The sounds coming from the audience constitute a more complex problem, as the artist perceives them for the most part as a reaction to his performance. Even an innocent cough may therefore be interpreted as a symptom of insuccess, or at least of insufficient expressive tension. The relation with the public differs at each concert. The artist always tries to get a precise idea of those he is addressing, sometimes picking out one or two faces that inadvertently become his interlocutors, and perhaps trying to understand their reactions during the applause. Hardly anyone believes it necessary to change their interpretation on the basis of the type of audience being faced, and yet this happens very frequently, almost always unconsciously. It is only natural that, if a certain complicity is created between the listeners and the artist, he will be more at ease, will sense their trust and will know how to give the utmost to satisfy their expectations. On the contrary, if he feels a diffidence depending on the type applause, the noises from the hall, or simply through his own instinct, then the concert will be all uphill. So it is best to get to know the habits of the different kinds of audience, and thus avoid misinterpreting their reactions: it is useful to know, for example, that in Tokyo there is less applause than in Mexico City, or that the whistles in New York have the opposite meaning to those in Milan.

There are, moreover, some elements that are easily overlooked, which influence the rendition of the concert artist: the atmospheric pressure, the temperature, the hours of sleep, the alimentation, family worries, the success of a soccer team he supports, and many other aspects of everyday life. Each artist tackles these problems in a different way: some shut themselves away for several days before the concert, or listen to a soccer match until it's time to go on stage!

The aspect that musicians place the greatest importance on when preparing for a concert is studying the items on the program. They try to limit the margins of error to a minimum, so as to be able to face and  resolve at best all the unforeseen circumstances mentioned above. In my opinion, though, there is no perfect cause/effect ratio between the quality of technical preparation and the outcome of a concert. Often a hyper-rehearsed program, polished down to the finest detail, is less successful than another more difficult one, prepared in less time. This doesn't depend only on external factors, but also on the greater amount of attention and effort put into concerts that are most "at risk". And the awareness of not having  adequately perfected all the details may also have a positive effect, inspiring the search for the extemporary magic that will make the concert a unique and meaningful experience for the audience. The meticulous preparation of a program serves mainly to help the perform feel psychologically confident, but may sometimes turn into a disadvantage if it ends by limiting the creativity of the concert performance.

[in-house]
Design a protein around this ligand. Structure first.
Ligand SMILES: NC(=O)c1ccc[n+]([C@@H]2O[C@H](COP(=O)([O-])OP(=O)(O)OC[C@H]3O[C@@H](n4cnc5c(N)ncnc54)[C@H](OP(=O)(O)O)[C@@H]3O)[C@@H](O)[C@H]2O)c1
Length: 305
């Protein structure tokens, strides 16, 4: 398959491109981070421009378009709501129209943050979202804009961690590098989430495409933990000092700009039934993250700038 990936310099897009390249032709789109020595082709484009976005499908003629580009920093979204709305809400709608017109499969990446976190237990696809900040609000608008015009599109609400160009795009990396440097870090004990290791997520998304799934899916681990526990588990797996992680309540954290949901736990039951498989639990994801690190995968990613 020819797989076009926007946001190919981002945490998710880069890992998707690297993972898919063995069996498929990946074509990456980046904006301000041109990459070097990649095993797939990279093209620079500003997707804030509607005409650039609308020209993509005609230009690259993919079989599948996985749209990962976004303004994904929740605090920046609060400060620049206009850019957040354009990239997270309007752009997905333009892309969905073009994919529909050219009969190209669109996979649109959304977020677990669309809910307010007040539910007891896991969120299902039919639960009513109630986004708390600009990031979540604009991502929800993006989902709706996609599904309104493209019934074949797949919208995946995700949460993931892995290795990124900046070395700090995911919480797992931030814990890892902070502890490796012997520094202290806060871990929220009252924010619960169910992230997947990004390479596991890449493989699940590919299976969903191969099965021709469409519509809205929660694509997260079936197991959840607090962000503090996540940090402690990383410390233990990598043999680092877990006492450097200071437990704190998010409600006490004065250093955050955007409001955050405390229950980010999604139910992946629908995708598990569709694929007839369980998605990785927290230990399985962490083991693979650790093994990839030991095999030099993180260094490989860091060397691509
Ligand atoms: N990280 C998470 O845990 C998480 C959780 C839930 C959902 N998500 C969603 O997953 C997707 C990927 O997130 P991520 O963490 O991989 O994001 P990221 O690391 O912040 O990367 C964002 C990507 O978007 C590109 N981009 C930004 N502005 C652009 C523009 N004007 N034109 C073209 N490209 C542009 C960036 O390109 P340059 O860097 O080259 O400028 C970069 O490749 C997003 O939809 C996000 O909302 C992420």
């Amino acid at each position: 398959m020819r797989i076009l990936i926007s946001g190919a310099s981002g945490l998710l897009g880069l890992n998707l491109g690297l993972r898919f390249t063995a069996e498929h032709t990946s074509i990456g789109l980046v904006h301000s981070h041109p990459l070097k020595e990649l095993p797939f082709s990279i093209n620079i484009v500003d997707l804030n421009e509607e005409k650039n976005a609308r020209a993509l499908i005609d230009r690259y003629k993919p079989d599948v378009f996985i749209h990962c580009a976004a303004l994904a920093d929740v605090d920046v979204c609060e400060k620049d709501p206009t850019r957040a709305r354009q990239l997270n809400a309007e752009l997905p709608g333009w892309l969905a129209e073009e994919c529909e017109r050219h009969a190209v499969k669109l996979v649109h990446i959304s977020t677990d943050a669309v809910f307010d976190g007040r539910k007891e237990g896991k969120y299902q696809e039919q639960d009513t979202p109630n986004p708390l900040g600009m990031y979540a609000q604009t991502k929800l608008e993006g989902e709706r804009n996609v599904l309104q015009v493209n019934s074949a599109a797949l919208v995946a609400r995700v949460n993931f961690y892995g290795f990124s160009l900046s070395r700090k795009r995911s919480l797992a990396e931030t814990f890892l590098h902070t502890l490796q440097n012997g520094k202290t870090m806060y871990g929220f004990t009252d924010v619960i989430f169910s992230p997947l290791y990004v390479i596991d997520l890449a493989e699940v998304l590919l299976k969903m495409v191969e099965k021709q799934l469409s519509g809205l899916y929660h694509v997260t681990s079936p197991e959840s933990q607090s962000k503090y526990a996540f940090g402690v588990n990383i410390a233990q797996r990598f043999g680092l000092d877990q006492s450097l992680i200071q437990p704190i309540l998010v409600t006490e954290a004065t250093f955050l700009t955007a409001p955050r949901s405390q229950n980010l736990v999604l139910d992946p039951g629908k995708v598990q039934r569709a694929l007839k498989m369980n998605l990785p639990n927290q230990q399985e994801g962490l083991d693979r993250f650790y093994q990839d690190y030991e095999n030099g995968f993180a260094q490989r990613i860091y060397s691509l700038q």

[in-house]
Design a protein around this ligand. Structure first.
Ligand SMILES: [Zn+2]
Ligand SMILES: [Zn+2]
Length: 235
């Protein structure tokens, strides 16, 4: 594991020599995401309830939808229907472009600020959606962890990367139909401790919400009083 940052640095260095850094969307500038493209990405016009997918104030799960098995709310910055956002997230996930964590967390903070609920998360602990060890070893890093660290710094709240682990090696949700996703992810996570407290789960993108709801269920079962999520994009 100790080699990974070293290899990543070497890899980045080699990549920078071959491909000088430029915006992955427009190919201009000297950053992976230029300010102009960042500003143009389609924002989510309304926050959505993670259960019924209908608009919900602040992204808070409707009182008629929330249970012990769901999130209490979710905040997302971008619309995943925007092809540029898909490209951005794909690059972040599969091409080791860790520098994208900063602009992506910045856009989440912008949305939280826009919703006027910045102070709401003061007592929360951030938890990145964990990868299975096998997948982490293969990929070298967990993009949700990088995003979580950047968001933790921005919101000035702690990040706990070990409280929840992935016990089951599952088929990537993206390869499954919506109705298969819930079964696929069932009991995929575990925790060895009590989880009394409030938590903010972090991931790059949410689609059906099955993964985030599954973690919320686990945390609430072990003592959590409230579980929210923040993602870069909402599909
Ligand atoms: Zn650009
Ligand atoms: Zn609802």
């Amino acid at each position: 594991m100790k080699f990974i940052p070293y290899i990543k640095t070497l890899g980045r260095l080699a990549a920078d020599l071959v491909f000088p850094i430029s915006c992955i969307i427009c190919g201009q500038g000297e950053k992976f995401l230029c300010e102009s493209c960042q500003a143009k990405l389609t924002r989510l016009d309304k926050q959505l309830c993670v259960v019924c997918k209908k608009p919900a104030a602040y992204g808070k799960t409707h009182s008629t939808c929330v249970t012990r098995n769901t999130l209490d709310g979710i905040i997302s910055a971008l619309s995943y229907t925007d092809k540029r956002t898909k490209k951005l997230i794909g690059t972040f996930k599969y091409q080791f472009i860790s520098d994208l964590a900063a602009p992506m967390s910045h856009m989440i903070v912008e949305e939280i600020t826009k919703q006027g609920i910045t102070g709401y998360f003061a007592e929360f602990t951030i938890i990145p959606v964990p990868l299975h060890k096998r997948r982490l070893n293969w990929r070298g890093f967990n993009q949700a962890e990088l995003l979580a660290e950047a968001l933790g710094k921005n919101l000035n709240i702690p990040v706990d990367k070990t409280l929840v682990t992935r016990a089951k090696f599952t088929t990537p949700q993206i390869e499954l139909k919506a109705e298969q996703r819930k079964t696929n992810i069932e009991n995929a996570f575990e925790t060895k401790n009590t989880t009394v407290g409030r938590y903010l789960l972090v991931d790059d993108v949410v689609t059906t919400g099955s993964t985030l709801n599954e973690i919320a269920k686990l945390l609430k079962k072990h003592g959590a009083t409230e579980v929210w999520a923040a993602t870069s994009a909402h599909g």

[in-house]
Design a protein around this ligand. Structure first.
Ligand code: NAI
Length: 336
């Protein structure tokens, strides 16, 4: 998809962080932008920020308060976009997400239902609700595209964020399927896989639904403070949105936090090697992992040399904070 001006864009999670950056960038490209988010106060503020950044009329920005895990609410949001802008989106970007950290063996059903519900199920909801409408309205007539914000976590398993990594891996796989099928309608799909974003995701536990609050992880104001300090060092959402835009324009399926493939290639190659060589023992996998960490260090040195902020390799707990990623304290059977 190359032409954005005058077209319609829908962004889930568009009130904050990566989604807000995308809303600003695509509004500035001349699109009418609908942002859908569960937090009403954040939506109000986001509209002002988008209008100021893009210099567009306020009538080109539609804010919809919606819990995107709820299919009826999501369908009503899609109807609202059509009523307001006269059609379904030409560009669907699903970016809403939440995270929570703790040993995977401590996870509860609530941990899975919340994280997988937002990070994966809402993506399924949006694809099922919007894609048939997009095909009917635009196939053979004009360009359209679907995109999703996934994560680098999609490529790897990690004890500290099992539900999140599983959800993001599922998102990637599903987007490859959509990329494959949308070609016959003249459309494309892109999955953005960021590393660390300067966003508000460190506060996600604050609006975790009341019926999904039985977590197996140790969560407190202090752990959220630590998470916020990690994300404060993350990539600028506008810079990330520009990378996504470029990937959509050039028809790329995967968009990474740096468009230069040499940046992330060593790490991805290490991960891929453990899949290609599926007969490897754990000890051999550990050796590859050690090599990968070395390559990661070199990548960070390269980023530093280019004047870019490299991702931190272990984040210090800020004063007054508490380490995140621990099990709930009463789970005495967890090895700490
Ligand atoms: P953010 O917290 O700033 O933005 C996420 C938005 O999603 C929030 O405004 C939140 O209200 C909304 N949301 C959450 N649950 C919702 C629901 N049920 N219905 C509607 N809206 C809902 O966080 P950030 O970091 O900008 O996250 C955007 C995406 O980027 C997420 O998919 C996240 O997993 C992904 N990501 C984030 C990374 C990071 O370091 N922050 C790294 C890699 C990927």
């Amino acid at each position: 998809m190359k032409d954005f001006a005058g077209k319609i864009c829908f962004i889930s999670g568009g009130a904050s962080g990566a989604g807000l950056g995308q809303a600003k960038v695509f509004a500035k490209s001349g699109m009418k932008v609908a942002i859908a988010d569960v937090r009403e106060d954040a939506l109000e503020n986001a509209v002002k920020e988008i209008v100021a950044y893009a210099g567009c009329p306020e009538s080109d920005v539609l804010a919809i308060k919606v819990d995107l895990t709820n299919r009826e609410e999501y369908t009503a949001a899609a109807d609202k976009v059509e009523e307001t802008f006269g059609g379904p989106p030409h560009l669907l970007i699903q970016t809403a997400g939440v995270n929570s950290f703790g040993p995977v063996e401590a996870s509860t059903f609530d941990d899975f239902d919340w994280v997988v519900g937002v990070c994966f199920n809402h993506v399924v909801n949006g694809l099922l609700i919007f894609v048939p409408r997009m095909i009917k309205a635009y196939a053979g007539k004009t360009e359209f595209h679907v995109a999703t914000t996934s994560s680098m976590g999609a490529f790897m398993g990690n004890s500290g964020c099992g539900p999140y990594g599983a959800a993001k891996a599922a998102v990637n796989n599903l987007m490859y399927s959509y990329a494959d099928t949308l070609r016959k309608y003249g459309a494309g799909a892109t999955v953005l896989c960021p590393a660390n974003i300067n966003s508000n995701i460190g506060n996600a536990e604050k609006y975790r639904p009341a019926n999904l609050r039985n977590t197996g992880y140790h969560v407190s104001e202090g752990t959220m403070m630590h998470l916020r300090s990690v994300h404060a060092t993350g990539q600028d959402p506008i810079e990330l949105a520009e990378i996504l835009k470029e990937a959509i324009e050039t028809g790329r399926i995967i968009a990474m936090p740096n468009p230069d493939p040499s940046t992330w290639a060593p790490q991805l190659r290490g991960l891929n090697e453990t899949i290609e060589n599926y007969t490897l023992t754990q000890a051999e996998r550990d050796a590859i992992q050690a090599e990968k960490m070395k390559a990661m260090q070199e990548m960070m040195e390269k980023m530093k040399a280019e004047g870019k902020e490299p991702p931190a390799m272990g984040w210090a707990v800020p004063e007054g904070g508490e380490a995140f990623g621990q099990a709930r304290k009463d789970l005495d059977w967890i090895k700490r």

In conclusion, the major part of what influences the outcome of a concert is independent of the good will of the artist. However, the performer can make his life easier by managing to achieve a level of concentration sufficient to forget what might disturb his rendering. Concentration does not mean, though, shutting oneself off totally from the outside world. On the contrary, musical creativity is fed precisely by extra musical stimuli, and, as is obvious, the more the artist has deep and varied experiences of life, the more his music will be equally rich and interesting.

Performance, moreover, cannot be hermetically conserved the same for ever, but naturally adapts to the human contingencies of the individual and of the culture that surrounds him. This is why it is basically useless to try to copy from other artists, or pursue a perfect idea of performance based on the memory of a particularly successful evening: the same identical interpretation might not be suitable for a different context, and would prove scarcely effective in terms of emotional expression. All things considered, music exists only on the basis of how it is perceived by each one of us. The greatest concern of a concert artist should therefore be to communicate in the best possible way his own ideas and inner feelings, through the musical message left to us by the great composers of the past (or, why not, of the present).

We are moving towards a world in which technical perfection and objectivity risk becoming an obsession. Maybe it is the task of music, of those who produce it and those who enjoy it, to ensure that the poetry and unpredictiveness of art continues to enrich and enhance our lives.


Roberto Prosseda